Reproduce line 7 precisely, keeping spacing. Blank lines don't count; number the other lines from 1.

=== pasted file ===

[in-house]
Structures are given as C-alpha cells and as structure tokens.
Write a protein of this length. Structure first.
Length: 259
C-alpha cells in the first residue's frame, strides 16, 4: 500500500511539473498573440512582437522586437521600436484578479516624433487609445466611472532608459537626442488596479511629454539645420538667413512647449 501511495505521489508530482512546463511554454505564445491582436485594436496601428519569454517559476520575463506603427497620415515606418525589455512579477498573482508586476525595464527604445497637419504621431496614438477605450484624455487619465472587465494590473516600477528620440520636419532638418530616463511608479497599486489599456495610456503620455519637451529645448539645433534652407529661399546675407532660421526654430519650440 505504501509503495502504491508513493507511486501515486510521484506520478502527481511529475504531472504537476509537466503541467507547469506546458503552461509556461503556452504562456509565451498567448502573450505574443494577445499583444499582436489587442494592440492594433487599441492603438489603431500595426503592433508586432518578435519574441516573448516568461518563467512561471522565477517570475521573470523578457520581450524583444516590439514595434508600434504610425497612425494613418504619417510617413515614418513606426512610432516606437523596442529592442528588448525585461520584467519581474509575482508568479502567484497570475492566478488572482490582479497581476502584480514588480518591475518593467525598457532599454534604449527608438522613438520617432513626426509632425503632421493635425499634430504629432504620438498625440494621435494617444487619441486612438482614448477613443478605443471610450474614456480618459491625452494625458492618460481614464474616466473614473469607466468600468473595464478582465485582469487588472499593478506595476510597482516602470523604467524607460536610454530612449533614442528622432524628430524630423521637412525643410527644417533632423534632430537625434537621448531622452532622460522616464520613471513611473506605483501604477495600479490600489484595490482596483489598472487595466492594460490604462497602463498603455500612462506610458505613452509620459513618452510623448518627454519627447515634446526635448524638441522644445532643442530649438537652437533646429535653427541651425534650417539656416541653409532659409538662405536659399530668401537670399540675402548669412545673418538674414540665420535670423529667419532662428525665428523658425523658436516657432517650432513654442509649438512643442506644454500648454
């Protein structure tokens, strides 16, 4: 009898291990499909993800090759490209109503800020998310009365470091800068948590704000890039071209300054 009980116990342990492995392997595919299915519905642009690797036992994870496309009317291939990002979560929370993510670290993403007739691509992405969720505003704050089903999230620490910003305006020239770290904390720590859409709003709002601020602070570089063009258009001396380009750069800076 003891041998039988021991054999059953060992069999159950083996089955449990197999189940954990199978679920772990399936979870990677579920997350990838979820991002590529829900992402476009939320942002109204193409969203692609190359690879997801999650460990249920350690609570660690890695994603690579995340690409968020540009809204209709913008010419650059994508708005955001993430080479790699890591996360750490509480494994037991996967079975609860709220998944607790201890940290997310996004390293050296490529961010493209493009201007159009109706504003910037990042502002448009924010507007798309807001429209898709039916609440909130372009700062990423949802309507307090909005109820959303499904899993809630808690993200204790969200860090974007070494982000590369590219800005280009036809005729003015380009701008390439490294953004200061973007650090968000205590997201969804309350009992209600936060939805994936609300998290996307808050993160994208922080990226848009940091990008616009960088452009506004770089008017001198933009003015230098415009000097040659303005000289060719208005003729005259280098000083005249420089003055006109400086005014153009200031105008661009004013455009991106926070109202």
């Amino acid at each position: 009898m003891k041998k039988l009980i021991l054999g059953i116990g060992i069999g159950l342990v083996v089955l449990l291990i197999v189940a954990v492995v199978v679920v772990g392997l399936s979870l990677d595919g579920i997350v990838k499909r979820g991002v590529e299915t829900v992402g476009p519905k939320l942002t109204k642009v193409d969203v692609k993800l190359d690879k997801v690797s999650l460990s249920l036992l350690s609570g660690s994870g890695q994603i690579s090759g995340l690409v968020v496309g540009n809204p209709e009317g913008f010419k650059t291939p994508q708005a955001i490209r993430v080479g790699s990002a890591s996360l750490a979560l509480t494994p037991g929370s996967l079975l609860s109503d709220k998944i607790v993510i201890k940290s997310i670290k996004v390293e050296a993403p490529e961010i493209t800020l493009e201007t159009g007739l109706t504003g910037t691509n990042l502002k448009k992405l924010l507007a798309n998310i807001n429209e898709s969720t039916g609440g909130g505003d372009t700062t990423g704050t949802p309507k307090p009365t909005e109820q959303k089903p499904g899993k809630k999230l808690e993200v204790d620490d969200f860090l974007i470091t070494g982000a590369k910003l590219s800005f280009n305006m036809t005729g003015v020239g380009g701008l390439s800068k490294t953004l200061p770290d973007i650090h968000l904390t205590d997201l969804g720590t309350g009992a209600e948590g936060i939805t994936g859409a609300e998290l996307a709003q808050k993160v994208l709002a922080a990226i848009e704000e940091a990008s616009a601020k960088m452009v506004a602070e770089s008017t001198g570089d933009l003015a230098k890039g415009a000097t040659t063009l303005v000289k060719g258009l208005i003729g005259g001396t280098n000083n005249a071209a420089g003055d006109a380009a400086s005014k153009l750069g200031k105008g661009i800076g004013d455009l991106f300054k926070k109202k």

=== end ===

């Amino acid at each position: 009898m003891k041998k039988l009980i021991l054999g059953i116990g060992i069999g159950l342990v083996v089955l449990l291990i197999v189940a954990v492995v199978v679920v772990g392997l399936s979870l990677d595919g579920i997350v990838k499909r979820g991002v590529e299915t829900v992402g476009p519905k939320l942002t109204k642009v193409d969203v692609k993800l190359d690879k997801v690797s999650l460990s249920l036992l350690s609570g660690s994870g890695q994603i690579s090759g995340l690409v968020v496309g540009n809204p209709e009317g913008f010419k650059t291939p994508q708005a955001i490209r993430v080479g790699s990002a890591s996360l750490a979560l509480t494994p037991g929370s996967l079975l609860s109503d709220k998944i607790v993510i201890k940290s997310i670290k996004v390293e050296a993403p490529e961010i493209t800020l493009e201007t159009g007739l109706t504003g910037t691509n990042l502002k448009k992405l924010l507007a798309n998310i807001n429209e898709s969720t039916g609440g909130g505003d372009t700062t990423g704050t949802p309507k307090p009365t909005e109820q959303k089903p499904g899993k809630k999230l808690e993200v204790d620490d969200f860090l974007i470091t070494g982000a590369k910003l590219s800005f280009n305006m036809t005729g003015v020239g380009g701008l390439s800068k490294t953004l200061p770290d973007i650090h968000l904390t205590d997201l969804g720590t309350g009992a209600e948590g936060i939805t994936g859409a609300e998290l996307a709003q808050k993160v994208l709002a922080a990226i848009e704000e940091a990008s616009a601020k960088m452009v506004a602070e770089s008017t001198g570089d933009l003015a230098k890039g415009a000097t040659t063009l303005v000289k060719g258009l208005i003729g005259g001396t280098n000083n005249a071209a420089g003055d006109a380009a400086s005014k153009l750069g200031k105008g661009i800076g004013d455009l991106f300054k926070k109202k």